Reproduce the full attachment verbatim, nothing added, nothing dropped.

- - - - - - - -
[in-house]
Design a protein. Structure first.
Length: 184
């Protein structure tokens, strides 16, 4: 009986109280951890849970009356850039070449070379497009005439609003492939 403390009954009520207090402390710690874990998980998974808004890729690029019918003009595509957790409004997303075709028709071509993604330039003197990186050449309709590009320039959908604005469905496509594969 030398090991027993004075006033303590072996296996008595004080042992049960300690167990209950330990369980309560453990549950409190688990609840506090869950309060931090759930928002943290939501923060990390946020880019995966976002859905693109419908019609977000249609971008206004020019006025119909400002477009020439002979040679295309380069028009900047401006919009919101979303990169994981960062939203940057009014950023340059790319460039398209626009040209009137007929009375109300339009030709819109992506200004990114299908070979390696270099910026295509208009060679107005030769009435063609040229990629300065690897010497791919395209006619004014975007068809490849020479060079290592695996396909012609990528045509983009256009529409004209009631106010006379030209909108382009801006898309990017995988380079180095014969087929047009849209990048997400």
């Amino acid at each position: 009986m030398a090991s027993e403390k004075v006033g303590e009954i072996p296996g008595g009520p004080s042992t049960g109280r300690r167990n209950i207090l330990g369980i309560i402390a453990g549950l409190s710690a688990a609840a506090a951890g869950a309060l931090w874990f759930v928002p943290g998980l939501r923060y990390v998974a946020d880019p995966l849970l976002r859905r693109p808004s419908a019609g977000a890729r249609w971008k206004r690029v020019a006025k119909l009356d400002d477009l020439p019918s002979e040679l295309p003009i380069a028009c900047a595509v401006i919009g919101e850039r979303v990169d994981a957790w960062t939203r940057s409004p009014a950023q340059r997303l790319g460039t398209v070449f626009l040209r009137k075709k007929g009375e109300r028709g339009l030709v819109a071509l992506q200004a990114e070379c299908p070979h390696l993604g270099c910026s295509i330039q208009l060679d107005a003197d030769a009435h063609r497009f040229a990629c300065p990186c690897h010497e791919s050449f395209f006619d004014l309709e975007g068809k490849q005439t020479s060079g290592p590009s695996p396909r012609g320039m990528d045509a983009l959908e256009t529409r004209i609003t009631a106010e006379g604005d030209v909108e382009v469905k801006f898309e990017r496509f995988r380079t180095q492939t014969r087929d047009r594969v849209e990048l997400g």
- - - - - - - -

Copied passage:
[in-house]
Design a protein. Structure first.
Length: 184
């Protein structure tokens, strides 16, 4: 009986109280951890849970009356850039070449070379497009005439609003492939 403390009954009520207090402390710690874990998980998974808004890729690029019918003009595509957790409004997303075709028709071509993604330039003197990186050449309709590009320039959908604005469905496509594969 030398090991027993004075006033303590072996296996008595004080042992049960300690167990209950330990369980309560453990549950409190688990609840506090869950309060931090759930928002943290939501923060990390946020880019995966976002859905693109419908019609977000249609971008206004020019006025119909400002477009020439002979040679295309380069028009900047401006919009919101979303990169994981960062939203940057009014950023340059790319460039398209626009040209009137007929009375109300339009030709819109992506200004990114299908070979390696270099910026295509208009060679107005030769009435063609040229990629300065690897010497791919395209006619004014975007068809490849020479060079290592695996396909012609990528045509983009256009529409004209009631106010006379030209909108382009801006898309990017995988380079180095014969087929047009849209990048997400």
């Amino acid at each position: 009986m030398a090991s027993e403390k004075v006033g303590e009954i072996p296996g008595g009520p004080s042992t049960g109280r300690r167990n209950i207090l330990g369980i309560i402390a453990g549950l409190s710690a688990a609840a506090a951890g869950a309060l931090w874990f759930v928002p943290g998980l939501r923060y990390v998974a946020d880019p995966l849970l976002r859905r693109p808004s419908a019609g977000a890729r249609w971008k206004r690029v020019a006025k119909l009356d400002d477009l020439p019918s002979e040679l295309p003009i380069a028009c900047a595509v401006i919009g919101e850039r979303v990169d994981a957790w960062t939203r940057s409004p009014a950023q340059r997303l790319g460039t398209v070449f626009l040209r009137k075709k007929g009375e109300r028709g339009l030709v819109a071509l992506q200004a990114e070379c299908p070979h390696l993604g270099c910026s295509i330039q208009l060679d107005a003197d030769a009435h063609r497009f040229a990629c300065p990186c690897h010497e791919s050449f395209f006619d004014l309709e975007g068809k490849q005439t020479s060079g290592p590009s695996p396909r012609g320039m990528d045509a983009l959908e256009t529409r004209i609003t009631a106010e006379g604005d030209v909108e382009v469905k801006f898309e990017r496509f995988r380079t180095q492939t014969r087929d047009r594969v849209e990048l997400g």